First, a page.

Pure water is essential to may industrial processes such as food, electronics and pharmaceutical manufacture. Industrial water filters are specifically designed to remove solids and bacteria from the liquid and safely dispose of them. Some water filters also work as water softeners and remove traces of chlorine and heavy metals; Activated carbon is a specialised filter medium that is ideal for removing organic compounds that give unpleasant tastes and odours to water. It works essentially like a steam-treated coconut shell that contains a large number of pores.
Contaminants are trapped as the water passes through; Ultraviolet water filters uses ultraviolet light to kill all viruses and bacteria present in any water but are ineffective for the removal of chemical pollutants. The water must be pre-filtered before radiation; Sand filters are used on a large industrial scale for the treatment of waste water in urban water treatment plants; Reverse osmosis is a process where water is filtered through a medium under pressure. Water passes through a semi permeable membrane but toxins, solids, salts and bacteria are left behind. These reverse osmosis filters are more efficient than carbon and are designed to suit specific industrial processes.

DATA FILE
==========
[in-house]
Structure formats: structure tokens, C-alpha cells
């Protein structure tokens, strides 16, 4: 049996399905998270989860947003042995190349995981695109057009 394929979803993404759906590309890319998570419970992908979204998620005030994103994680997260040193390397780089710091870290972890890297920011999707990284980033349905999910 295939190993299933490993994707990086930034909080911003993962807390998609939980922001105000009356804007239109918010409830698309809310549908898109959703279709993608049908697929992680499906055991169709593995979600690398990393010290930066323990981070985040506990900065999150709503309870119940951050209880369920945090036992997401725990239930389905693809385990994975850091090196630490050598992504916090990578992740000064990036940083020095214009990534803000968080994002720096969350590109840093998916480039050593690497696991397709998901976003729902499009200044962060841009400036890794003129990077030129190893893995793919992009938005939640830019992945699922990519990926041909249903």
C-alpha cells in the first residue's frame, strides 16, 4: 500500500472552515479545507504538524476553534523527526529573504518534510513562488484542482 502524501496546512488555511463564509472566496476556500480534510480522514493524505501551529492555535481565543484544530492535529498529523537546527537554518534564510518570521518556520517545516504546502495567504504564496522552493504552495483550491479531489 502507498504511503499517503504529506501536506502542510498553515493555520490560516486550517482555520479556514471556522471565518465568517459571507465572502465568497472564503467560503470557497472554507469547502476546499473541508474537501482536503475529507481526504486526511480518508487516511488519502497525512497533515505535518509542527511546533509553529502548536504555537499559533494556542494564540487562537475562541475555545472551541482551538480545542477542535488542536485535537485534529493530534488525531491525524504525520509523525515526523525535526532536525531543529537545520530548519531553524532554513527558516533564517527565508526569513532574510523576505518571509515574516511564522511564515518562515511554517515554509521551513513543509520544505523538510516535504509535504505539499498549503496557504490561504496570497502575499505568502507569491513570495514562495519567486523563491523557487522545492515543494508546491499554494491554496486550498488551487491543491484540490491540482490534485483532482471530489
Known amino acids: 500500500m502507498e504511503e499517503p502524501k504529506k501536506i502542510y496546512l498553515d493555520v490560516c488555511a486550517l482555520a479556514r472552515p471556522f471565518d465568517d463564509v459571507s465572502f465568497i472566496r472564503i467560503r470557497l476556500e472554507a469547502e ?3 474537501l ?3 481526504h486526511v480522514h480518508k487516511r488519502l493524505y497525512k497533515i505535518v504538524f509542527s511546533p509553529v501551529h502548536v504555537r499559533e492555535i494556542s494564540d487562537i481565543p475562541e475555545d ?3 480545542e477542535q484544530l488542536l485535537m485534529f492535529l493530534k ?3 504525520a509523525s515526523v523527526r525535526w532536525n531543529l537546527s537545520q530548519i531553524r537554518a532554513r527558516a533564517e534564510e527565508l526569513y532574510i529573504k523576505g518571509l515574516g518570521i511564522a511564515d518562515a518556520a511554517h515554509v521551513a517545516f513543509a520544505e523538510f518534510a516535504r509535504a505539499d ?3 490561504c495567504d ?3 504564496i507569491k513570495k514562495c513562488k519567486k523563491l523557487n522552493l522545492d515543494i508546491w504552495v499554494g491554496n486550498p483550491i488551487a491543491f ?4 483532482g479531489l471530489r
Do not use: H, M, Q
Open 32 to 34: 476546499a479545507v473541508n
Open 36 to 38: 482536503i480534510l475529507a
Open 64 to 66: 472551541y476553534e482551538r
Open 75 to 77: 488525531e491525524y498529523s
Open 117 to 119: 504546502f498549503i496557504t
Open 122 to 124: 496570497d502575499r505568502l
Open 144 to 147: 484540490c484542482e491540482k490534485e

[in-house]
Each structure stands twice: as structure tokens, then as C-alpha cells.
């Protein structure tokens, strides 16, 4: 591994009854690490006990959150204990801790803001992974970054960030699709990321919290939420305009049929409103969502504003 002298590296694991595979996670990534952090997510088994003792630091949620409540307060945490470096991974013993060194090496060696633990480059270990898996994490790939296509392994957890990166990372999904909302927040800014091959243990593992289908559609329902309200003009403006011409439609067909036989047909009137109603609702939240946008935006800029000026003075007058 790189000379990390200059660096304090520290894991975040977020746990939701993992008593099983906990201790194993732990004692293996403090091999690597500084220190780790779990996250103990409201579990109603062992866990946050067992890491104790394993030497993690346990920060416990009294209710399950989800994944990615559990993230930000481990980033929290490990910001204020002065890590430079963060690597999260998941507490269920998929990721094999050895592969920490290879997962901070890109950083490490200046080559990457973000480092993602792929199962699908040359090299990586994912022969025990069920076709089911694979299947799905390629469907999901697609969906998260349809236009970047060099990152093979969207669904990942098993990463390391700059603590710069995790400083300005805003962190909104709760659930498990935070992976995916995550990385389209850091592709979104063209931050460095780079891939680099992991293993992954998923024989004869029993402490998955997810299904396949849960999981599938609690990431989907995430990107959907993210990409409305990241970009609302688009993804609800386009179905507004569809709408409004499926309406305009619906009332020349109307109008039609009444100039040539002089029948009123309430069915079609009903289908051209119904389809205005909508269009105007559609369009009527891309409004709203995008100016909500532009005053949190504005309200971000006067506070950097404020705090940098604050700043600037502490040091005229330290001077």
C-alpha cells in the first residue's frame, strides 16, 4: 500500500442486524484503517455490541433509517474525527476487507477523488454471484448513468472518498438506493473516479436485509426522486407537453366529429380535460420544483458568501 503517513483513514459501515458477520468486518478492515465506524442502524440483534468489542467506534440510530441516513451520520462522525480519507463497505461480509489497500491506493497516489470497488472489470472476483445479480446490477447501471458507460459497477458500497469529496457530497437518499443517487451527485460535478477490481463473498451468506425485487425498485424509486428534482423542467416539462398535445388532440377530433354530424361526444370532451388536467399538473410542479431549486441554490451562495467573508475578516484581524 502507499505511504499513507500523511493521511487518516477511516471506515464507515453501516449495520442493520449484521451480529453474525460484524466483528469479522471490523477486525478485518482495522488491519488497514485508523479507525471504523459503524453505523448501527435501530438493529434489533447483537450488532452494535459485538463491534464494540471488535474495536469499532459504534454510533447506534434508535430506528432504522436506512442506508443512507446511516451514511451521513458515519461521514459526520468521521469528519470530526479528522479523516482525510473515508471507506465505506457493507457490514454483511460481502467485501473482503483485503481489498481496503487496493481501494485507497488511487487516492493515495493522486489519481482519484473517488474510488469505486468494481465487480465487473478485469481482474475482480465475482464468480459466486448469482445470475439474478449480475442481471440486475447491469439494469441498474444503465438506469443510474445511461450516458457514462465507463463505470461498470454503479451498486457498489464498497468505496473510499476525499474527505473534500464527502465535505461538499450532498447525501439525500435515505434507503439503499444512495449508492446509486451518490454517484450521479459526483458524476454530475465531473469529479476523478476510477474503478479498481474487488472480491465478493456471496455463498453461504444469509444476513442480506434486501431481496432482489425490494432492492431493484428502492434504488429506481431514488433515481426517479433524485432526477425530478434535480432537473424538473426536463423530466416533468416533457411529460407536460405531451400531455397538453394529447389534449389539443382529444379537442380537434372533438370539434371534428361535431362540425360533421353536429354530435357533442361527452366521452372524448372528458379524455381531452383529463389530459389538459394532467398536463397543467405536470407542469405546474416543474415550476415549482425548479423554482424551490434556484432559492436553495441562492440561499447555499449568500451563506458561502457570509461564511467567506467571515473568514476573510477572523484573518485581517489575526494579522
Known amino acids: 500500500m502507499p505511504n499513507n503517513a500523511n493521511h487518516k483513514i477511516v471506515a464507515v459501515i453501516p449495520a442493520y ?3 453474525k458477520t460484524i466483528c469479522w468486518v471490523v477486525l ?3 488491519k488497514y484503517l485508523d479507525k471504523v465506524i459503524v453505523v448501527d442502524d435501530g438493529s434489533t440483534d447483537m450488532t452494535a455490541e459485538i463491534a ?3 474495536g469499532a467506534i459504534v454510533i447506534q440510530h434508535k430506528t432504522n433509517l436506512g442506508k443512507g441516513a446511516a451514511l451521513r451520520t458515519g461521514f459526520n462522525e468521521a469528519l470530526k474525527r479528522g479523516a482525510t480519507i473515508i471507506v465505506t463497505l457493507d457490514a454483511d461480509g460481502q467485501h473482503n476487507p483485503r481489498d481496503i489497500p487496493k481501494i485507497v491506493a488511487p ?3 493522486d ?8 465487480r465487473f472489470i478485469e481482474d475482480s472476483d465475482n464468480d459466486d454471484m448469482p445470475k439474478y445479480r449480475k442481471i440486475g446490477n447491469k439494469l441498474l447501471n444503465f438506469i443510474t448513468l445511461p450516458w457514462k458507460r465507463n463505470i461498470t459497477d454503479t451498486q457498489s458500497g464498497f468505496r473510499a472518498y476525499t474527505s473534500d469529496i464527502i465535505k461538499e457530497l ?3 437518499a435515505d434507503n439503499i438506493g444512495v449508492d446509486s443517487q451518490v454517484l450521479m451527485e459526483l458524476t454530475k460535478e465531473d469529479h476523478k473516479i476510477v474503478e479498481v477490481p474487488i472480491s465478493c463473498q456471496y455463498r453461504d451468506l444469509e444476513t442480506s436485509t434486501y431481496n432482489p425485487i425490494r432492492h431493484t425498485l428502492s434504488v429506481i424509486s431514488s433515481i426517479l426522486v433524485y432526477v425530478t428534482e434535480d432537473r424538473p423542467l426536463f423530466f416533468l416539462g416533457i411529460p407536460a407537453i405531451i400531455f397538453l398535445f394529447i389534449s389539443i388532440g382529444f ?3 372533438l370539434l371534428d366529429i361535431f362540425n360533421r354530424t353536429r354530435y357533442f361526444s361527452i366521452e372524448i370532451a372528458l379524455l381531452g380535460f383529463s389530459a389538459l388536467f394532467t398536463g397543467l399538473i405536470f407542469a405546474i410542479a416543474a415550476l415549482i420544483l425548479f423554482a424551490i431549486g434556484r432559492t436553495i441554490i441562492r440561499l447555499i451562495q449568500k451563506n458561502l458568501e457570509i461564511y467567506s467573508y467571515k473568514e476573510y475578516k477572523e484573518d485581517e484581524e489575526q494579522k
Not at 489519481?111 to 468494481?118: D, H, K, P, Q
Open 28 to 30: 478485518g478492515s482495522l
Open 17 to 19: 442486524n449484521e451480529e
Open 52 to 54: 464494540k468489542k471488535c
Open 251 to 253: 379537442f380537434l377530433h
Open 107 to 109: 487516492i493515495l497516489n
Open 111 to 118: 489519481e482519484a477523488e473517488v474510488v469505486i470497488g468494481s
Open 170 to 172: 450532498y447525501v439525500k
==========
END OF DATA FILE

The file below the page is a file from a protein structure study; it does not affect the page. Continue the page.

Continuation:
All of these techniques are applicable to domestic water filters. The question is: are such filters necessary for domestic use; In Britain, water utilities have a mandatory obligation to supply drinking water according to European and World Health Organization (WHO) standards. However, due to the continuing use of lead in domestic water supply pipes, the water that flows out of a tap may contains dissolved metals. So it could benefit from being filtered to improve its taste as well as removing any lead and other heavy metals such as zinc. Domestic water filtration systems include stand alone jugs as well as filters that can be connected directly to the water supply.